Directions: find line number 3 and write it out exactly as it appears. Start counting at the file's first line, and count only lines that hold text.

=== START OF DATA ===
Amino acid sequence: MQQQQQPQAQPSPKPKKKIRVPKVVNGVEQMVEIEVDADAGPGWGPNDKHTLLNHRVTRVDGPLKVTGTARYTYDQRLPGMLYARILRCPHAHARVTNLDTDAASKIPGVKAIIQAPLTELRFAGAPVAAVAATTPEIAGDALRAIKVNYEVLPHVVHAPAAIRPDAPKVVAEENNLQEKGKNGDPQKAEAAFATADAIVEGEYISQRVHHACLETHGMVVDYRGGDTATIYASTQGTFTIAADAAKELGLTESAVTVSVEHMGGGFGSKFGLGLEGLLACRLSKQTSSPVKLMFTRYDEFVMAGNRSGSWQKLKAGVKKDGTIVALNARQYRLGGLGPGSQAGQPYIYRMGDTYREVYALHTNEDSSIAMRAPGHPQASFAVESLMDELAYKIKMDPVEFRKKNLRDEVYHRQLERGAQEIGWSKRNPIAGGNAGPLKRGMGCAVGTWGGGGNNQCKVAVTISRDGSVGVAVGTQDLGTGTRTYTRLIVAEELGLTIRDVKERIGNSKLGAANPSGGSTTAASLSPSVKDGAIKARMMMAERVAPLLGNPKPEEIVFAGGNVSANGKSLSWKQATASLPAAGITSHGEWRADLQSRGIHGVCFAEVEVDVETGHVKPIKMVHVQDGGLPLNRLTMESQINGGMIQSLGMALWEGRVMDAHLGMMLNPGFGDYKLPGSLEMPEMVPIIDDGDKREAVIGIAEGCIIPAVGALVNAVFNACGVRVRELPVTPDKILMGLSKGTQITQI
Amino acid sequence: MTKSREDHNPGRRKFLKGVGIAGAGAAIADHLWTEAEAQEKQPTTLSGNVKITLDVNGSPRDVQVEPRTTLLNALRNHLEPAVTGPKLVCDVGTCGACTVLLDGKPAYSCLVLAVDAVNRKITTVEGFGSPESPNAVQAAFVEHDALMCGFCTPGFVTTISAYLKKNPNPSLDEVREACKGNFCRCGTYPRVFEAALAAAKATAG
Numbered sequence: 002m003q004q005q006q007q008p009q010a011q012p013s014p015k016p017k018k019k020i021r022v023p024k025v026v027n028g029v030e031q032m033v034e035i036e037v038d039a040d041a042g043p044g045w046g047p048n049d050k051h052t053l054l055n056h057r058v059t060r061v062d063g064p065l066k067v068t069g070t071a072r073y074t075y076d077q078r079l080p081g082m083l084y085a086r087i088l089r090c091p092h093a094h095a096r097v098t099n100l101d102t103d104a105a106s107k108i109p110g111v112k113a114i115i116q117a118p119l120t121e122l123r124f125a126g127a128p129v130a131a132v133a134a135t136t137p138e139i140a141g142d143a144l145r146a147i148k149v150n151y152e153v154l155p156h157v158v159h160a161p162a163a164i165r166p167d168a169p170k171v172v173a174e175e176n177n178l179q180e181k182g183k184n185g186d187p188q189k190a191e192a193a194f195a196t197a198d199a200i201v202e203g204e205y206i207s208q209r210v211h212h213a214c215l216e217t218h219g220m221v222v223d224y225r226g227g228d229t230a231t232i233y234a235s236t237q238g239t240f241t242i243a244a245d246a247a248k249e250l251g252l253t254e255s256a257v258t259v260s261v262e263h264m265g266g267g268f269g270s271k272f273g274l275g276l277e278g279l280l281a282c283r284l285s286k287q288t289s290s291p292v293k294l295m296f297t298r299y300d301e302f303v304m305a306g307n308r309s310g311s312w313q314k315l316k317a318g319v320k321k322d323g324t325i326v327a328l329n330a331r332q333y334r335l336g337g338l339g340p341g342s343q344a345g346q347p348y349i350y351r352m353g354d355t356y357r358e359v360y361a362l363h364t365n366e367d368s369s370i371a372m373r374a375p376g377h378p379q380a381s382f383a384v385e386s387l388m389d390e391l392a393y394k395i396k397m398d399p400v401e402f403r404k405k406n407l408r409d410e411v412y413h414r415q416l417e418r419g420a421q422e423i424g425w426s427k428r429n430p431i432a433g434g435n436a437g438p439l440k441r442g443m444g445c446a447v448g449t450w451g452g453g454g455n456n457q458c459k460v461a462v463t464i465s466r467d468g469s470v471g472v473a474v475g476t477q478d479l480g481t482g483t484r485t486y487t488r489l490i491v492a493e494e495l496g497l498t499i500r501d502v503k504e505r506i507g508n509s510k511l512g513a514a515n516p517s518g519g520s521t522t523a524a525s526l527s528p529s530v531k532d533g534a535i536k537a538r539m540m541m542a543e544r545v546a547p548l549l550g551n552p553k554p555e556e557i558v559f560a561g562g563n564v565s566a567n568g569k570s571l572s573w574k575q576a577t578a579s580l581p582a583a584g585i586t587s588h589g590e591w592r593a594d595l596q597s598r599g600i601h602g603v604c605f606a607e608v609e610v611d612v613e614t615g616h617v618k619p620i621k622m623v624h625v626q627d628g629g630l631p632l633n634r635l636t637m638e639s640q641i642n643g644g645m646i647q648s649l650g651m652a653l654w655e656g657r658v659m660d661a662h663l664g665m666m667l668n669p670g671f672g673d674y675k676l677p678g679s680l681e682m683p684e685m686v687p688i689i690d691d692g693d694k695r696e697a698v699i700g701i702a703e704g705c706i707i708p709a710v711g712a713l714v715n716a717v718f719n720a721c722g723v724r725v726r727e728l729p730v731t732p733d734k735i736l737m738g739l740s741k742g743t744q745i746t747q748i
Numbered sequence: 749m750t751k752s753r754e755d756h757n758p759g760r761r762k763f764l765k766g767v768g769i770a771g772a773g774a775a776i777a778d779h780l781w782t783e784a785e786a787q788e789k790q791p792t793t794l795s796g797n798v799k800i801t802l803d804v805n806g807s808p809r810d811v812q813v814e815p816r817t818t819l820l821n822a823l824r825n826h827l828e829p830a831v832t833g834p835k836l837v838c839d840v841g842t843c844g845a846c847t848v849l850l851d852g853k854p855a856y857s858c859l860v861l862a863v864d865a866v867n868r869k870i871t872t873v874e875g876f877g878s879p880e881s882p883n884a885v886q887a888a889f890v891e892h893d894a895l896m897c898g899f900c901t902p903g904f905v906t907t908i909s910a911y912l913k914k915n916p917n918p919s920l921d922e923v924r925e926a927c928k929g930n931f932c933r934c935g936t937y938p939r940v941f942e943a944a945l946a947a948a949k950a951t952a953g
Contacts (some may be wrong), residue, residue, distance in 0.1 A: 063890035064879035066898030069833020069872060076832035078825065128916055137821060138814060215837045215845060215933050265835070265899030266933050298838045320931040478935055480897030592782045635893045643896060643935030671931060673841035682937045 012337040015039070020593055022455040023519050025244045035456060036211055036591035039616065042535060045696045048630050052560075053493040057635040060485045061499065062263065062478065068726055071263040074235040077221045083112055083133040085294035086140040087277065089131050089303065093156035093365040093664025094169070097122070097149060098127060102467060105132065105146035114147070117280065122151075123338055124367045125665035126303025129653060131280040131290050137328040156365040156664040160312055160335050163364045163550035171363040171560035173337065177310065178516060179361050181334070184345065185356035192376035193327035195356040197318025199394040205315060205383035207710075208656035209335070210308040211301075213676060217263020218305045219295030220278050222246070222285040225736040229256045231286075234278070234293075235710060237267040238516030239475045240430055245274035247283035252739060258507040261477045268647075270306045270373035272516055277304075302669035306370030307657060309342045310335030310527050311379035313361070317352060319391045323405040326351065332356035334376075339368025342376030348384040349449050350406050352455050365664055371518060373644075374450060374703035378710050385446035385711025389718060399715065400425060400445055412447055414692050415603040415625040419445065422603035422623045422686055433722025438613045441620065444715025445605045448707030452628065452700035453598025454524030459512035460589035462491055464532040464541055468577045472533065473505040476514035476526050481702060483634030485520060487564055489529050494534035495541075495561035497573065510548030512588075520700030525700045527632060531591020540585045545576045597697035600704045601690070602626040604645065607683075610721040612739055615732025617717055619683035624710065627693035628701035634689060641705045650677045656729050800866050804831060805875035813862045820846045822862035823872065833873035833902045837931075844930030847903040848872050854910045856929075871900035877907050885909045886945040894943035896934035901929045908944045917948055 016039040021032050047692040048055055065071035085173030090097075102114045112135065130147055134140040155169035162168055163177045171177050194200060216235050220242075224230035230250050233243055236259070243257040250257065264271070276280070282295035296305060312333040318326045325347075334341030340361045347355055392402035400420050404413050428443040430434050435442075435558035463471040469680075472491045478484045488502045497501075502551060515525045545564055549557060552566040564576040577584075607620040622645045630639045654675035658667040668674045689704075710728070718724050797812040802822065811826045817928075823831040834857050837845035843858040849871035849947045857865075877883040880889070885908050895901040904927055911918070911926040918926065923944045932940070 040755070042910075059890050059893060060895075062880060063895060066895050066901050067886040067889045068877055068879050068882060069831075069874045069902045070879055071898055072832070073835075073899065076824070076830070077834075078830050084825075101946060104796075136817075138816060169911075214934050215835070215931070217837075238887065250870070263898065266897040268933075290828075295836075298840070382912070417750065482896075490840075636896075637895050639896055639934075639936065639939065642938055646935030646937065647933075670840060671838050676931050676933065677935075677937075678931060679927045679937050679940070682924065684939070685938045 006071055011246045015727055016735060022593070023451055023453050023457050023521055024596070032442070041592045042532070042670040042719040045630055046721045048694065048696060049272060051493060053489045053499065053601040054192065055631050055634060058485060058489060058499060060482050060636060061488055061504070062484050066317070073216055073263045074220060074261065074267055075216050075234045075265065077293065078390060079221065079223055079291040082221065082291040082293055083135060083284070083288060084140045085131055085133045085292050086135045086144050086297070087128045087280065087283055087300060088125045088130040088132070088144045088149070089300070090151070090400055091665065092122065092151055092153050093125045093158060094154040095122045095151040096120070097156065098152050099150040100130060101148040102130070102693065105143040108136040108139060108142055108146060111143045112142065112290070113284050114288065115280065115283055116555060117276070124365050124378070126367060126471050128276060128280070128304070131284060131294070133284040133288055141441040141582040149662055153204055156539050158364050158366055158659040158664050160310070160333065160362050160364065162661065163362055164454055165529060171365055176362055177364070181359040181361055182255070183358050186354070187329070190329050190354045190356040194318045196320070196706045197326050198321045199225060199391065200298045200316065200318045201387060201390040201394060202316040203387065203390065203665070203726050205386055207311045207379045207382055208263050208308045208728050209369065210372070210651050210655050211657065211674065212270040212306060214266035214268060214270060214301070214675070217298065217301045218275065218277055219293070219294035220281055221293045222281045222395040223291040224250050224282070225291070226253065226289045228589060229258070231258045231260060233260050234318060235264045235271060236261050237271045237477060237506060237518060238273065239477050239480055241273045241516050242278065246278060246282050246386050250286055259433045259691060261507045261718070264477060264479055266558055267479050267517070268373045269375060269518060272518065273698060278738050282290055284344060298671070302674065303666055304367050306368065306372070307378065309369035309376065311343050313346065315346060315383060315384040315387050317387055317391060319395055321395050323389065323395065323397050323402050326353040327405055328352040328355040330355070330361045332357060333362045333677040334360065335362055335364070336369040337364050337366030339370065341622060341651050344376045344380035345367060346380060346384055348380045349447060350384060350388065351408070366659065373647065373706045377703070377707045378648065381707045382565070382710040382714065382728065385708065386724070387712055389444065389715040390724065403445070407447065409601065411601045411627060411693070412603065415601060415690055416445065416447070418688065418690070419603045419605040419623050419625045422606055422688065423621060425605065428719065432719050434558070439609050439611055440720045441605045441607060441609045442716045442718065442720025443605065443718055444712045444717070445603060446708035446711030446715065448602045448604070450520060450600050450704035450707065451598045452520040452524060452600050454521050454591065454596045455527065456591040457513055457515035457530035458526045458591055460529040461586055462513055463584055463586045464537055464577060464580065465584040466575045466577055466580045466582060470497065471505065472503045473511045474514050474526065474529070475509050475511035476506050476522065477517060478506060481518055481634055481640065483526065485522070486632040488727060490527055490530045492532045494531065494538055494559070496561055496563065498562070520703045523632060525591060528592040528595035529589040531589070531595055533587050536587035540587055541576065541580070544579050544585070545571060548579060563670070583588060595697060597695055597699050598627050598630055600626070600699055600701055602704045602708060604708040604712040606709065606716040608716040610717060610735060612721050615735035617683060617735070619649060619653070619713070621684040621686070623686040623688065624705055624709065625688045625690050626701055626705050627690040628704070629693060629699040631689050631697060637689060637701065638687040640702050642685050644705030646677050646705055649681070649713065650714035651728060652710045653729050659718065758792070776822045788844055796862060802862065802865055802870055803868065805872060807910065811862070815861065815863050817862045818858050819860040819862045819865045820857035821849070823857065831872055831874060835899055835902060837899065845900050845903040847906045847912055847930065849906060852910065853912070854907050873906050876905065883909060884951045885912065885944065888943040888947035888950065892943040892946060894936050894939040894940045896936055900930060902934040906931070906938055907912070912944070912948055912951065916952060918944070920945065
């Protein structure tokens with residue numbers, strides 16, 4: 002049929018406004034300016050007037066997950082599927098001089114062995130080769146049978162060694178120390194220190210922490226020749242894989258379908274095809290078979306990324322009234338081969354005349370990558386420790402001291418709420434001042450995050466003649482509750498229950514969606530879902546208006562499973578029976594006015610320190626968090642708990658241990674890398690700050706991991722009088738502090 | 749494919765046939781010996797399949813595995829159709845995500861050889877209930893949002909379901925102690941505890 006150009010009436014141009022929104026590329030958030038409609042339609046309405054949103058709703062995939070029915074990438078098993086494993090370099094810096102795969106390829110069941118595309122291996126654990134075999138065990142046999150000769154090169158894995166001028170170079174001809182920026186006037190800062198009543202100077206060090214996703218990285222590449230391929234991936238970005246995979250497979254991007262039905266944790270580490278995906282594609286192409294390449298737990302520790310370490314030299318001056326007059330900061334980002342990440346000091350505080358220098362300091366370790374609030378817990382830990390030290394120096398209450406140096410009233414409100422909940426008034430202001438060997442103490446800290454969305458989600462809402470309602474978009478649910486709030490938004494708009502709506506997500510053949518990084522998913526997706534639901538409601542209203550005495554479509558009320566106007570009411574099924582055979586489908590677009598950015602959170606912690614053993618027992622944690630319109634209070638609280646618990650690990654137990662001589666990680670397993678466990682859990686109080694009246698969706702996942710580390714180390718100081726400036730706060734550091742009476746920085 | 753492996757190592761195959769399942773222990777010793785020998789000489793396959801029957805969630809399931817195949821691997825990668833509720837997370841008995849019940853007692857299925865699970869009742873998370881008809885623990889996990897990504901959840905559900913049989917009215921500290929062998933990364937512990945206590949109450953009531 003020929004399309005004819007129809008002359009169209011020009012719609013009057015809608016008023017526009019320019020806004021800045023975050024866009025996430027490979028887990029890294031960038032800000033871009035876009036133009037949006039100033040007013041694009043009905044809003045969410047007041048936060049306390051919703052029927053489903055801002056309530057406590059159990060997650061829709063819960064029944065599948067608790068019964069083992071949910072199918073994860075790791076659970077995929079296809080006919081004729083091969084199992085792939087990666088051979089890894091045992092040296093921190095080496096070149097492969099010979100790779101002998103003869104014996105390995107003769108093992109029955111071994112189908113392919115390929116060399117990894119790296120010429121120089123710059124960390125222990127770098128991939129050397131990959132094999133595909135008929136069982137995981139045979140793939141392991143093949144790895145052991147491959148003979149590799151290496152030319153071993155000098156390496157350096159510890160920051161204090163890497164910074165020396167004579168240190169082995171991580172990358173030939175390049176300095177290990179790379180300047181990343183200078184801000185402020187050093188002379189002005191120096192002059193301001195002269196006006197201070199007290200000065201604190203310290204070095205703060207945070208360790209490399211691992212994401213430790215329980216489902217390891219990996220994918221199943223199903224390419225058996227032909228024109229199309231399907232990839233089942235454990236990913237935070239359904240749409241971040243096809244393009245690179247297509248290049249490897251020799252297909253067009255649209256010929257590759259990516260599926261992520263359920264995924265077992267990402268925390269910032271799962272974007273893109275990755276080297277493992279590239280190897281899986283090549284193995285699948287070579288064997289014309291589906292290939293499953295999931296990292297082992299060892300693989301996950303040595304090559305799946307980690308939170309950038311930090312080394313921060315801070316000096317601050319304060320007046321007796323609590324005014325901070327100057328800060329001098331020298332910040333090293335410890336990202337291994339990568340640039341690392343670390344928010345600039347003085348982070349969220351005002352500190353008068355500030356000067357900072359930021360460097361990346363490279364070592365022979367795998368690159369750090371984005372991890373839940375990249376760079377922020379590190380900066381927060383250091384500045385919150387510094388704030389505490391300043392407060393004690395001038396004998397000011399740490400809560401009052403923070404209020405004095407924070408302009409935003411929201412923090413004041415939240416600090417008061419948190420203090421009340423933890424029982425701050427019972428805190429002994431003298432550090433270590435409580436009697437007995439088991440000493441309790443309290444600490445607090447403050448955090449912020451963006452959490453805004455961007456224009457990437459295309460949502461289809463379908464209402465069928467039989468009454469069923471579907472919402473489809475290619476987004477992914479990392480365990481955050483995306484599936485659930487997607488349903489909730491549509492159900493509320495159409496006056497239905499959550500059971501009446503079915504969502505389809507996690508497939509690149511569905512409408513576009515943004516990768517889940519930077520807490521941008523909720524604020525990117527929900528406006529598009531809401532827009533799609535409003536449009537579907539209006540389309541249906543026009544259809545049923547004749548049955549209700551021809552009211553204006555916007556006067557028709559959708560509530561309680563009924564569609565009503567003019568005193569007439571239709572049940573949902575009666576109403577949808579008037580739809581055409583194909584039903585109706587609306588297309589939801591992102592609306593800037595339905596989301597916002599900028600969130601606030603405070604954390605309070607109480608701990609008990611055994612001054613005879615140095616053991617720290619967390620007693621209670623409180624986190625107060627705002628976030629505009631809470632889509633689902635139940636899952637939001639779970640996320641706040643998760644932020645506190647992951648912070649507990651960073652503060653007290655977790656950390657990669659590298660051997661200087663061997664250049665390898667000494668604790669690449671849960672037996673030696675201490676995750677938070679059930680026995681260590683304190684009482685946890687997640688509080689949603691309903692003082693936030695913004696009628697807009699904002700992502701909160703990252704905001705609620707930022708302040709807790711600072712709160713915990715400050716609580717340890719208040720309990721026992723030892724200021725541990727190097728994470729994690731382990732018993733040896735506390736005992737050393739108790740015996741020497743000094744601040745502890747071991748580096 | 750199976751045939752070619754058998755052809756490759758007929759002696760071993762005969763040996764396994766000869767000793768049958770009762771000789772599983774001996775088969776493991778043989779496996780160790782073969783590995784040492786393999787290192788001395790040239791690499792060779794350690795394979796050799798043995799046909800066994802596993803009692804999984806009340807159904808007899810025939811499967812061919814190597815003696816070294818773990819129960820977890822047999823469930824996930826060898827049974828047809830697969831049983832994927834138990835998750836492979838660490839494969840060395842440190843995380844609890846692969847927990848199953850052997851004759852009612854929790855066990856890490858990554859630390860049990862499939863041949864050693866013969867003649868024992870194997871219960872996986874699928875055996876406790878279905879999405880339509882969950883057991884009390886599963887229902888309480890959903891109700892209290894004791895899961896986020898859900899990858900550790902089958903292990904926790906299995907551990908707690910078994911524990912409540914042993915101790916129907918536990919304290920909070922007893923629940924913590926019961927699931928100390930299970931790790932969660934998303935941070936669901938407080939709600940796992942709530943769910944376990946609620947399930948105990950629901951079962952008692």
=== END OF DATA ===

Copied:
Numbered sequence: 002m003q004q005q006q007q008p009q010a011q012p013s014p015k016p017k018k019k020i021r022v023p024k025v026v027n028g029v030e031q032m033v034e035i036e037v038d039a040d041a042g043p044g045w046g047p048n049d050k051h052t053l054l055n056h057r058v059t060r061v062d063g064p065l066k067v068t069g070t071a072r073y074t075y076d077q078r079l080p081g082m083l084y085a086r087i088l089r090c091p092h093a094h095a096r097v098t099n100l101d102t103d104a105a106s107k108i109p110g111v112k113a114i115i116q117a118p119l120t121e122l123r124f125a126g127a128p129v130a131a132v133a134a135t136t137p138e139i140a141g142d143a144l145r146a147i148k149v150n151y152e153v154l155p156h157v158v159h160a161p162a163a164i165r166p167d168a169p170k171v172v173a174e175e176n177n178l179q180e181k182g183k184n185g186d187p188q189k190a191e192a193a194f195a196t197a198d199a200i201v202e203g204e205y206i207s208q209r210v211h212h213a214c215l216e217t218h219g220m221v222v223d224y225r226g227g228d229t230a231t232i233y234a235s236t237q238g239t240f241t242i243a244a245d246a247a248k249e250l251g252l253t254e255s256a257v258t259v260s261v262e263h264m265g266g267g268f269g270s271k272f273g274l275g276l277e278g279l280l281a282c283r284l285s286k287q288t289s290s291p292v293k294l295m296f297t298r299y300d301e302f303v304m305a306g307n308r309s310g311s312w313q314k315l316k317a318g319v320k321k322d323g324t325i326v327a328l329n330a331r332q333y334r335l336g337g338l339g340p341g342s343q344a345g346q347p348y349i350y351r352m353g354d355t356y357r358e359v360y361a362l363h364t365n366e367d368s369s370i371a372m373r374a375p376g377h378p379q380a381s382f383a384v385e386s387l388m389d390e391l392a393y394k395i396k397m398d399p400v401e402f403r404k405k406n407l408r409d410e411v412y413h414r415q416l417e418r419g420a421q422e423i424g425w426s427k428r429n430p431i432a433g434g435n436a437g438p439l440k441r442g443m444g445c446a447v448g449t450w451g452g453g454g455n456n457q458c459k460v461a462v463t464i465s466r467d468g469s470v471g472v473a474v475g476t477q478d479l480g481t482g483t484r485t486y487t488r489l490i491v492a493e494e495l496g497l498t499i500r501d502v503k504e505r506i507g508n509s510k511l512g513a514a515n516p517s518g519g520s521t522t523a524a525s526l527s528p529s530v531k532d533g534a535i536k537a538r539m540m541m542a543e544r545v546a547p548l549l550g551n552p553k554p555e556e557i558v559f560a561g562g563n564v565s566a567n568g569k570s571l572s573w574k575q576a577t578a579s580l581p582a583a584g585i586t587s588h589g590e591w592r593a594d595l596q597s598r599g600i601h602g603v604c605f606a607e608v609e610v611d612v613e614t615g616h617v618k619p620i621k622m623v624h625v626q627d628g629g630l631p632l633n634r635l636t637m638e639s640q641i642n643g644g645m646i647q648s649l650g651m652a653l654w655e656g657r658v659m660d661a662h663l664g665m666m667l668n669p670g671f672g673d674y675k676l677p678g679s680l681e682m683p684e685m686v687p688i689i690d691d692g693d694k695r696e697a698v699i700g701i702a703e704g705c706i707i708p709a710v711g712a713l714v715n716a717v718f719n720a721c722g723v724r725v726r727e728l729p730v731t732p733d734k735i736l737m738g739l740s741k742g743t744q745i746t747q748i